A manually adjustable windshield with a pistol grip is designed to direct the oncoming wind to where the rider wants it to be, but even in its most vertical position (which is strangely at its penultimate setting) it cannot not push the bubble entirely onto the helmet of a tall rider. Most of the other controls are fairly easy to operate from the saddle. The problem is, there are so many buttons and switches on the handlebars – a problem in this segment that is not unique to Harley-Davidson – that riders will need to know them very well before taking the ride. road. And while the digital dashboard is bright, crisp, and a good size, some of the displays are too small to be seen without taking your eyes off the road for too long.
The Revolution engine, which, unlike most HD V-Twins, shares a housing with the drivetrain, is a stressed part of the frame. There is a front frame, middle frame, and rear subframe that support the rider and passenger. The end result is a rigid chassis that allows the front and rear suspension systems to operate efficiently. Handling on the road is very good, with easy left-to-right transitions and plenty of bank angles available. Riding in the accelerator provides a strong push, and in part because the traction control adjusts its sensitivity based on the lean angle, the bike instills a sense of confidence to keep exploring its limits.
I spent most of our time riding in Road mode. It never rained during our week with the Pan America, but it was obvious that the rain mode cut off the throttle power and sensitivity. The two Off-Road modes are useful, of course, off-road. Standard Off-Road Mode facilitates power delivery and amplifies traction control and linked ABS brakes. Off-Road Plus reduces traction control intervention and allows experienced drivers to lock the brakes. The traction control is fully neutralizable, allowing for tail antics on the dirt.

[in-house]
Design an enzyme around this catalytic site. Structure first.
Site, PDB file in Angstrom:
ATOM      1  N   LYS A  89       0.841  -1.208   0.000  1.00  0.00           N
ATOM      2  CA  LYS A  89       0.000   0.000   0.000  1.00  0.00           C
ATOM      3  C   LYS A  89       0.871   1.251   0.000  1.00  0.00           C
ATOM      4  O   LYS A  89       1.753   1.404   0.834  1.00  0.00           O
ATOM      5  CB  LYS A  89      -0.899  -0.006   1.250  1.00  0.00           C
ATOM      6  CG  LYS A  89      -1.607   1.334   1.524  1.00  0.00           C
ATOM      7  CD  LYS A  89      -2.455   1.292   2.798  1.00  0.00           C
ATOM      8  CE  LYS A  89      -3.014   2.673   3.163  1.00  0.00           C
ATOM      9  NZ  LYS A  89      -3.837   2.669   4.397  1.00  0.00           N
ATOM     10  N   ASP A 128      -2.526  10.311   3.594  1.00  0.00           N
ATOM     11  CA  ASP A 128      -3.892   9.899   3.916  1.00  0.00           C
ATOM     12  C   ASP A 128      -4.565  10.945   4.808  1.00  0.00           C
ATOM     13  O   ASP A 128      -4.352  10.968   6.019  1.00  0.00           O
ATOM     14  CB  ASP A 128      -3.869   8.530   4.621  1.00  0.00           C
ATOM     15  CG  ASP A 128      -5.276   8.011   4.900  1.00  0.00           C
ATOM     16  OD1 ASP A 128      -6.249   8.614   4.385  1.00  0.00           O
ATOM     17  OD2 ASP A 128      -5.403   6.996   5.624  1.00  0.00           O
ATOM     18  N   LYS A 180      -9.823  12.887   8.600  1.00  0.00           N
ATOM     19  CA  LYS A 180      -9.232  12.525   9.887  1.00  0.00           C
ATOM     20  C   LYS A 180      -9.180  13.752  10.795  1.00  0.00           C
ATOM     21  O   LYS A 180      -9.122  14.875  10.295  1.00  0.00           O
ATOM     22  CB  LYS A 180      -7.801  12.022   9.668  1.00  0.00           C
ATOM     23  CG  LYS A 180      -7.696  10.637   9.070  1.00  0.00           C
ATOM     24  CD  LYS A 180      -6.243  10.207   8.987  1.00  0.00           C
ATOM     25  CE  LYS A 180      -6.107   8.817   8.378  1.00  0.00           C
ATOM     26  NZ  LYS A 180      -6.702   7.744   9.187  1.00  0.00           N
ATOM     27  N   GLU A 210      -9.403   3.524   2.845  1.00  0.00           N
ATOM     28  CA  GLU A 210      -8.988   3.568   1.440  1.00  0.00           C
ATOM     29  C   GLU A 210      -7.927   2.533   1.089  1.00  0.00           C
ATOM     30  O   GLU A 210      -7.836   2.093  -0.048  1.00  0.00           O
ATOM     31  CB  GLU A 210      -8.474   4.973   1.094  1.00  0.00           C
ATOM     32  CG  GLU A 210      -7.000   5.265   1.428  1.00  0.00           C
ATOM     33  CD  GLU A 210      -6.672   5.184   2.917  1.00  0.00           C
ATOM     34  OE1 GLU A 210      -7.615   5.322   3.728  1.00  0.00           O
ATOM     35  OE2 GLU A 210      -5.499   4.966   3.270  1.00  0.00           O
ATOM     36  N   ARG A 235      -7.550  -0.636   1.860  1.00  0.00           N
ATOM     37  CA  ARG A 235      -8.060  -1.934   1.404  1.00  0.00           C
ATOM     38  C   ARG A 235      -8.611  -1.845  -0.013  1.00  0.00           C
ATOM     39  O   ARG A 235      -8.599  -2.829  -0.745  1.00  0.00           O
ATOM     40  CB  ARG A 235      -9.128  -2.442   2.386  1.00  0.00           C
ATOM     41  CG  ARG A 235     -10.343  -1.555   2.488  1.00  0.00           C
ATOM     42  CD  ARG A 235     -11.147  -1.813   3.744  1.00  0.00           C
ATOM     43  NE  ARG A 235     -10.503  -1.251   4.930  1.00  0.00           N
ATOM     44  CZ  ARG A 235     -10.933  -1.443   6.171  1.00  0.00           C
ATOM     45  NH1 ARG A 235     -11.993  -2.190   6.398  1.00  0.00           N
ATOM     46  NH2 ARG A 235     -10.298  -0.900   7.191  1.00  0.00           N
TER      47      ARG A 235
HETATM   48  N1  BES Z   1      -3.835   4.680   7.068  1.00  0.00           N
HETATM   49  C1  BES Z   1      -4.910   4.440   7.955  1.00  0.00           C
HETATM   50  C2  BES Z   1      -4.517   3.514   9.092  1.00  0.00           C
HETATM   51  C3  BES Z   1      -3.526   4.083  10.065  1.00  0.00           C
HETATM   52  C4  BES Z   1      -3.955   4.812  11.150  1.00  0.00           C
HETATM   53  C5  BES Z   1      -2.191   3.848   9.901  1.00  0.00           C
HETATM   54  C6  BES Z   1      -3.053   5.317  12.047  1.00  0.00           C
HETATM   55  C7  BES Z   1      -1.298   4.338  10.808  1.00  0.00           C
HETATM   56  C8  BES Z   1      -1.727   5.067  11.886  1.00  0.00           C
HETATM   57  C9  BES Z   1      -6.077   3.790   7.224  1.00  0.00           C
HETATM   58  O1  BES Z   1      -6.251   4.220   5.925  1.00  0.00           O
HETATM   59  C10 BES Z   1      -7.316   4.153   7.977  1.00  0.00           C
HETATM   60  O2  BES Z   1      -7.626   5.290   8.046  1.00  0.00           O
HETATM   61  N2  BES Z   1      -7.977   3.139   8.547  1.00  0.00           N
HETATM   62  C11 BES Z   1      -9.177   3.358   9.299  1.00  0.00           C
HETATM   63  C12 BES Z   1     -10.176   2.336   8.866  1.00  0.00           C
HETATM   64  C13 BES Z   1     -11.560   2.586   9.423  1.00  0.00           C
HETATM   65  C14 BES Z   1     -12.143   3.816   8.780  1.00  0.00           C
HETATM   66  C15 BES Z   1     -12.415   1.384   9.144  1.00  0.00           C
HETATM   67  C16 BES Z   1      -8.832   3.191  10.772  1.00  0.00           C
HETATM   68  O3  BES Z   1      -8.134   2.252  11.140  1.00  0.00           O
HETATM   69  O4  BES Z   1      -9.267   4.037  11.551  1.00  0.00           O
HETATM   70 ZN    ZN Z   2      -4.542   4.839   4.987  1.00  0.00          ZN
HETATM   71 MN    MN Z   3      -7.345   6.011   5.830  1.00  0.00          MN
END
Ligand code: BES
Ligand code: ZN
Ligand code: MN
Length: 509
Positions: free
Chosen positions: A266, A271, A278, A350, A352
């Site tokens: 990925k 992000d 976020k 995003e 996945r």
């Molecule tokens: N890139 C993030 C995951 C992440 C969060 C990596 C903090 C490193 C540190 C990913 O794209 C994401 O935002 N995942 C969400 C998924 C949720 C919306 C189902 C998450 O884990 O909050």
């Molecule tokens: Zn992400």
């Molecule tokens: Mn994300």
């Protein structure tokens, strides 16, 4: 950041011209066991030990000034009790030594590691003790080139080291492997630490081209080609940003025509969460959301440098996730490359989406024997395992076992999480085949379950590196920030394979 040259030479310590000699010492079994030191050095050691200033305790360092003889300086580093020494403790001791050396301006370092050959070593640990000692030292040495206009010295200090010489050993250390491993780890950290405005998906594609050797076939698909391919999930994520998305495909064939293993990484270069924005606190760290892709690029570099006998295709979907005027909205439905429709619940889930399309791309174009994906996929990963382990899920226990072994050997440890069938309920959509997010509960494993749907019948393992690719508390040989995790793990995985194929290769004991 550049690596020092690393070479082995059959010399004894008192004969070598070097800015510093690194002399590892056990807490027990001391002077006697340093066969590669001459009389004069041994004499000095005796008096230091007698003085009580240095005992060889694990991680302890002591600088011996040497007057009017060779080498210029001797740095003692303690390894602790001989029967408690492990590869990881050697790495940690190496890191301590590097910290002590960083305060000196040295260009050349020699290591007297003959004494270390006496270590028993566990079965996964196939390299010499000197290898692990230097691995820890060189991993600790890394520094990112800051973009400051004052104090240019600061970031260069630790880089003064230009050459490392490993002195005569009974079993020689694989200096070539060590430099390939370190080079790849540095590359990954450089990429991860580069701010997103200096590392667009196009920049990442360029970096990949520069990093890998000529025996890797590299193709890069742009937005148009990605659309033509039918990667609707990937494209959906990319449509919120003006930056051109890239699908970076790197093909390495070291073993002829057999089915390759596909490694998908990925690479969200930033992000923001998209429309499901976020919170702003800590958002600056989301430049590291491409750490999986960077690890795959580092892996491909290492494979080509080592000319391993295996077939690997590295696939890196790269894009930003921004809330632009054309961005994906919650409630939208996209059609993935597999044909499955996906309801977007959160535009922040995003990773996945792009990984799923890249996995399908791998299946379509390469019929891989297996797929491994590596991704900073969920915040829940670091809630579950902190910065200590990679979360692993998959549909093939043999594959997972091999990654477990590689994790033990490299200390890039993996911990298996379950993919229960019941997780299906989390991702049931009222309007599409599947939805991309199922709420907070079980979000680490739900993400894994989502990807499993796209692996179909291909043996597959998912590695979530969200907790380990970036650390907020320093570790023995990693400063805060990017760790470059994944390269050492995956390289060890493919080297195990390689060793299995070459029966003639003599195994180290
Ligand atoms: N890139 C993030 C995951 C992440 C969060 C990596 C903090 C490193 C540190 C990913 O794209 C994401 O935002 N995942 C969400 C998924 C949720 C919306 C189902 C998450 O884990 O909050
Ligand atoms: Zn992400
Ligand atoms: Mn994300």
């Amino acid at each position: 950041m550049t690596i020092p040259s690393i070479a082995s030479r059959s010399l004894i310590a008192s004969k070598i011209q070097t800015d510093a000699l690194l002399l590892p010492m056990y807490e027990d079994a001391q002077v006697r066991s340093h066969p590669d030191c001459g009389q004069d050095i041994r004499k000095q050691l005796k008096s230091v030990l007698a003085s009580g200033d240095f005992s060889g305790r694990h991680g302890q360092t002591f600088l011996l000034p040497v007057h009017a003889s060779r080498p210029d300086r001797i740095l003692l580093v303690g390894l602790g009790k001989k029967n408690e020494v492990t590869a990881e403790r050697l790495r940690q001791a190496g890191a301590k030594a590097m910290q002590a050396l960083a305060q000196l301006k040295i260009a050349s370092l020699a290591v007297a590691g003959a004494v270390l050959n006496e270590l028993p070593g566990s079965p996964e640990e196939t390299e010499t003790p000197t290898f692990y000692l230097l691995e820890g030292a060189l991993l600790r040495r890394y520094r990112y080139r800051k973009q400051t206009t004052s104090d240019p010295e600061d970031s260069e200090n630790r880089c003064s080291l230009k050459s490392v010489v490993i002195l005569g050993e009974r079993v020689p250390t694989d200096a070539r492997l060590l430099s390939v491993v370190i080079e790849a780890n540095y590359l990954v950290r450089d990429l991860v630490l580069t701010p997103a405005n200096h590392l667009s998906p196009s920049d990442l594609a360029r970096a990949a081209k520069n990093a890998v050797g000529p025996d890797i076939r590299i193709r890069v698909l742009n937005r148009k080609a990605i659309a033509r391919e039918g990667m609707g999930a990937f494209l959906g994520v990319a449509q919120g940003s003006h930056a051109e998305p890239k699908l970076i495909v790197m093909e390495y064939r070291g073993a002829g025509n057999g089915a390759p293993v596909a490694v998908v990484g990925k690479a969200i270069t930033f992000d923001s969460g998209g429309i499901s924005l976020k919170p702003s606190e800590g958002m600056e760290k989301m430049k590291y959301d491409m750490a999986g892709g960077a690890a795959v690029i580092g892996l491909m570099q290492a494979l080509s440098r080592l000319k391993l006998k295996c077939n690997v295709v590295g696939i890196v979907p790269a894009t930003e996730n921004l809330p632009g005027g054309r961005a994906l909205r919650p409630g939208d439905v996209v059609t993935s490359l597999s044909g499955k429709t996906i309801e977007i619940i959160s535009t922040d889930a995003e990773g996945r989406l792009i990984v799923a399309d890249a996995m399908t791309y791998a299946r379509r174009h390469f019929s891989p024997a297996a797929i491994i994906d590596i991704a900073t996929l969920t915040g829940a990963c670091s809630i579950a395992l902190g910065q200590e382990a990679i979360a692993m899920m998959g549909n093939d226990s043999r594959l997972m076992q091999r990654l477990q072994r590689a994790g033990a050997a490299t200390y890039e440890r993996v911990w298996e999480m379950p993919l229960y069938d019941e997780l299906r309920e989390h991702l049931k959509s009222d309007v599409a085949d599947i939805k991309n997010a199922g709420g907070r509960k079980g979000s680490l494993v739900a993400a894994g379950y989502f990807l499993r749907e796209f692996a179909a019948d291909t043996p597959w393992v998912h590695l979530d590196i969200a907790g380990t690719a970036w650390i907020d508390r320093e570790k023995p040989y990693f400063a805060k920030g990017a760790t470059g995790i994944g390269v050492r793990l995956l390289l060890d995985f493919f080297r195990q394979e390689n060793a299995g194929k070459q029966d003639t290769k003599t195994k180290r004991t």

I rode the bike with its original Michelin Scorcher Adventure tires so I didn’t venture too far into rocks or mud. Heavy gravel and loose sand made the bike wander a bit, but its good weight distribution (although I have a backpack with 20 pounds of gear in the top case), solid ergonomics, and rational geometry. mean he’s never felt so hairy that I need to slow down. A side effect of driving at relatively low speeds is that there isn’t enough airflow to keep the hot air away from the engine, and the Pan America’s powertrain gives off a lot of heat.
Off the ground and on the highway, the first thing that becomes obvious when riding the Pan America is that it has a lot of power. Accelerating to extra-legal speeds is a flick of the wrist and a few left gear changes, and the powerful punch at high revs makes it possible to overtake all 18 wheels in the blink of an eye.
One of the best things about this class of bikes is that they can switch between on and off road adventures at the whim of the rider. Pan America is executing this transition very well, despite an obvious bias towards asphalt. All of the electronic gadgets described above do wonders in modifying the dynamics of the Pan America, from sporty tourer to capable off-roader, especially the adjustable suspension and engine mappings.
By now it should be obvious that I think Harley-Davidson made a great adventure touring bike. After all, I said it from the start. And at $ 17,319 for the base model or $ 19,999 for the special model I tested, it is even priced competitively. The point is, there are several very good adventure bikes that HD competes with, not the least of which is the segment-defining BMW R 1250 GS. Is Pan America better than its rivals? Not really. But it’s just in the stadium, and it’s a major victory for the American brand which only needs to bring new pilots into its showrooms.